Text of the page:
Get the whole SCIU series for under $5 today. 

Monday, December 24, 2018

Yet Another Reason to Never Have an Agent

I know I live in a hole, but I totally missed the hullabaloo surrounding a literary agency, their bookkeeper, and a bunch of authors earlier this year. 

Go here, read this and follow the links.  It's quite an education.

If you're disinclined to do all that, here it is in a nutshell.

Literary agency has bookkeeper to take care of all the financial stuff, including dispersing author royalties.  Bookkeeper has side business slash charitable foundation.  Bookkeeper's side thing is tanking, so he 'borrows' money from the literary agency.  Over the course of 7 years, bookkeeper steals over $3 MILLION dollars. 

Author who was hit the hardest assumes his money is drying up because of piracy and slow sales. 


I'm filing this one under 'Yet Another Reason to Never Have an Agent'.

Also, it should be filed under 'Never Trust Anyone Else With Your Money'.  There should've been a dozen sets of eyes watching everything the bookkeeper did, the agency did, etc.  And with the millions of dollars we're talking, a bit of it should've been set aside to pay for a yearly audit.  But no one thought of it and now the agency is bankrupt and the hardest hit author is nearly broke. 

Think about that.  Broke after having several best selling novels and a freakin' hit movie people quote on a regular basis.

So, please, if you're selling enough books to warrant having someone else touch your money, watch them like a freakin' hawk.  If you're not selling that many books, but you have an agent, watch them like a freakin' hawk.  Doesn't matter how awesome and nice and trustworthy you think they are.  Money like that is awfully tempting to a certain type of person.  And there are times when you can't tell if the person you're trusting is that 'certain type of person' until it's too damn late to do anything about it.

I know it's a pain in the ass, and in a rational world, it wouldn't be this way.  But we don't live in a rational world these days.  Not sure if it was ever rational in my lifetime.  =o\

And, yes, despite all the effort and headaches of being an independent author, I'm so glad I don't have an agent.  Now, if there were just a way to audit Amazon...  but that's a post for another time.  At some point, though, you just have to trust and hope the Big A isn't quietly screwing its authors.  Because it would be so easy for them to do...  :shudder:

Friday, December 21, 2018

On the Charger

Okay, I told myself that, once I finished Unequal and sent it out into the world,  I would take time off of writing for the rest of the year.  No writing.  No editing.  Just time to gel and get myself back into a writerly place. 

Of course, there's no rest for the weary... or the wicked, if you will... so I'm not totally taking time off.  I have marketing stuff to do and writerly business stuff to do.  Year end stuff and coming year stuff.  (Plus, pay-job stuff.)  The non-creative half still needs to work.

This past week, I got the 2019 Sales and Book Sales Data spreadsheets done, so when 1/1/19 hits and the sales start rolling... err, trickling in, I'll be ready.

The creative half is storing energy.  Yeah, yeah, that's the ticket.  Storing energy.  Like a squirrel.  Yeah.  Cuz, let's face it - my battery is dead.  Look at this time as me putting the battery on a charger and letting it sit until it's full.  Then maybe when 2019 rolls around, I'll be able to sit down and churn out the words.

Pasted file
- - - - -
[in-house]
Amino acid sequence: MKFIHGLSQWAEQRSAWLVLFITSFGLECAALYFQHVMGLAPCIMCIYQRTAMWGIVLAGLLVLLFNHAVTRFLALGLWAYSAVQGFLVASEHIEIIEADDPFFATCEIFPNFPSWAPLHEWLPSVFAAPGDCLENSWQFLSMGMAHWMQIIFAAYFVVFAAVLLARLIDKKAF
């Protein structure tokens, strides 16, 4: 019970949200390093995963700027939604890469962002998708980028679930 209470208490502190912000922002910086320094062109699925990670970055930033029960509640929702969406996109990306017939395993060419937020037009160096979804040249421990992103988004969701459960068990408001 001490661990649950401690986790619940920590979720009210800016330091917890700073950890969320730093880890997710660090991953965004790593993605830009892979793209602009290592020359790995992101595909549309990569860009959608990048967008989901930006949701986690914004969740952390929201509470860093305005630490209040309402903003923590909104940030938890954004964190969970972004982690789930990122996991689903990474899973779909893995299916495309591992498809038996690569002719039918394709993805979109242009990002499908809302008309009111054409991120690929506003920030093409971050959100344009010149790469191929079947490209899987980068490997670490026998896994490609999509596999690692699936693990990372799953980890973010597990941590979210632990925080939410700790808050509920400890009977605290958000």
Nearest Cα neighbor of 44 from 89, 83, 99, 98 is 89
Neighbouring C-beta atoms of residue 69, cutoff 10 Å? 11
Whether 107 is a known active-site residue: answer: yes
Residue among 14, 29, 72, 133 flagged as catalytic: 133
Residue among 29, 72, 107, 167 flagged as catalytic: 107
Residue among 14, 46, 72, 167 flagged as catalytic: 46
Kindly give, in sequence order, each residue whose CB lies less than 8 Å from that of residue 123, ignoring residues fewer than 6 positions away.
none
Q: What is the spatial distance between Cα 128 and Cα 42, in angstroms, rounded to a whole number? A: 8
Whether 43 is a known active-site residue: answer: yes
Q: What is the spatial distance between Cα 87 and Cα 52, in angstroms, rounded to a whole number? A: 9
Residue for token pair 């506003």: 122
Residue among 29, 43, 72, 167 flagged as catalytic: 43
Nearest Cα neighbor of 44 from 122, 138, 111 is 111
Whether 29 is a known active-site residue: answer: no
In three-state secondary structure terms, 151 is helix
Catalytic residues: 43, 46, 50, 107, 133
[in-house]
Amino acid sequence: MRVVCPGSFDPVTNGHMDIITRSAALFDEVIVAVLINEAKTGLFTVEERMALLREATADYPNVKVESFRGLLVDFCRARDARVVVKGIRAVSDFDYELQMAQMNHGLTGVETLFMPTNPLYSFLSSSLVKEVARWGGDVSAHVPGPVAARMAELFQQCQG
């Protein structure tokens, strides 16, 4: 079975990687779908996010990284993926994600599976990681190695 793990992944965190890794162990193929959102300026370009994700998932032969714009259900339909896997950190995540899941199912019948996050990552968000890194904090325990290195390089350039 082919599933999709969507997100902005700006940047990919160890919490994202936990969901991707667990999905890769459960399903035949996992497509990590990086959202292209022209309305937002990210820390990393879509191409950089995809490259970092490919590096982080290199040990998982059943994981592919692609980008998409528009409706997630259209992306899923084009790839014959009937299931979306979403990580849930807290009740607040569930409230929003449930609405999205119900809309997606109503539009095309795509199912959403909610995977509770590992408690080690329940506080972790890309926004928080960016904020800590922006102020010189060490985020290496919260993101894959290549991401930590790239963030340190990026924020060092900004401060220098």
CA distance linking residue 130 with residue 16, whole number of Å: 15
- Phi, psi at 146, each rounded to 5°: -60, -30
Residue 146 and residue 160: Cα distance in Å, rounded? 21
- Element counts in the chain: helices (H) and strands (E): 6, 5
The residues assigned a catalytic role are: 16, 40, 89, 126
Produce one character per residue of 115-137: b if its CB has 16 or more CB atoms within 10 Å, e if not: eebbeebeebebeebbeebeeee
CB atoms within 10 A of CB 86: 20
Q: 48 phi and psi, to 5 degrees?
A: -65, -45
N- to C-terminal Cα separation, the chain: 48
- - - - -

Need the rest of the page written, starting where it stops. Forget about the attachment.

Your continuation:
And it's not like the creative half isn't trying.  Like the dead battery in your car, it's trying to turn over, but it just doesn't have the energy to actually start.  Little snips of story ideas wander through my brain.  Nothing worth writing down.  No gumption to actually sit here and write anything yet.  Just Rrr Rrr Rrr clickclickclick :silence: Can't even get the freakin' dome light to flicker.

So, that's where I am right now.  Sitting on the charger, waiting. 

Meanwhile, I have a sale coming up.  Starting Monday, the entire SCIU series will be discounted through the end of the 30th.  $3 off on DE, $2 off on FG and EG.  With ads.  And I'll be out there hawking my wares on FB and Twitter.  :fingers crossed:

How's you battery here at the end of the year?  Are you busy busy or taking some time off? 

Oh, and Merry Christmas!

Wednesday, December 19, 2018

Post-Publication Checklist

Once upon a time, I could keep all the stuff I had to do to get a book out there up in my head.  These are not those days.  Somewhere here I've already posted my checklist for actually publishing a book.  This is my new checklist for all the things I have to do immediately AFTER a book is published.

  1. Goodreads listing – add ASIN before the book goes live
  2. Add book to your Amazon author page.
  3. Verify book is on Amazon UK author page.
  4. Update FB header.
  5. Add book to all blog sidebars.
  6. Update internal links inside book to Amazon
  7. Post to the blogs
  8. Post to FB pages
  9. Post to Twitter
  10. Post to MEWE
  11. Add book to appropriate Outside the Box book page
  12. Update links on book page – US, UK, CA, AU
  13. Bookmark Amazon pages – US, UK, CA, AU
  14. Update back matter of all other books
  15. Post to FB groups
  16. Fall apart.

Anyway, I've gotten most everything done except the back matter thing.  Six books down, seven to go.  It's not hard, it's just tedious.  Oh, I haven't done MEWE yet - forgot the password and am too lazy at the moment to look it up.  And FB group thing will be an ongoing thing.  The falling apart began before I started the list.  ;o)

I'm sure I'm forgetting something...  Ugh.

Well, I guess those are the most import things.  Unless you can think of something important I should be doing...

What's on your list?  Do you have a list? 

Monday, December 17, 2018

Unequal is LIVE.

Despite my certainty this book would not be out on time, Unequal actually went live yesterday.  It was the full-on, blitz attack I did on Saturday that put me over the finish line.  Big thanks to Hubs for putting up with me through it. 

Actually, I uploaded it in the morning and it was live a couple hours later, but I didn't receive my email notification until last night.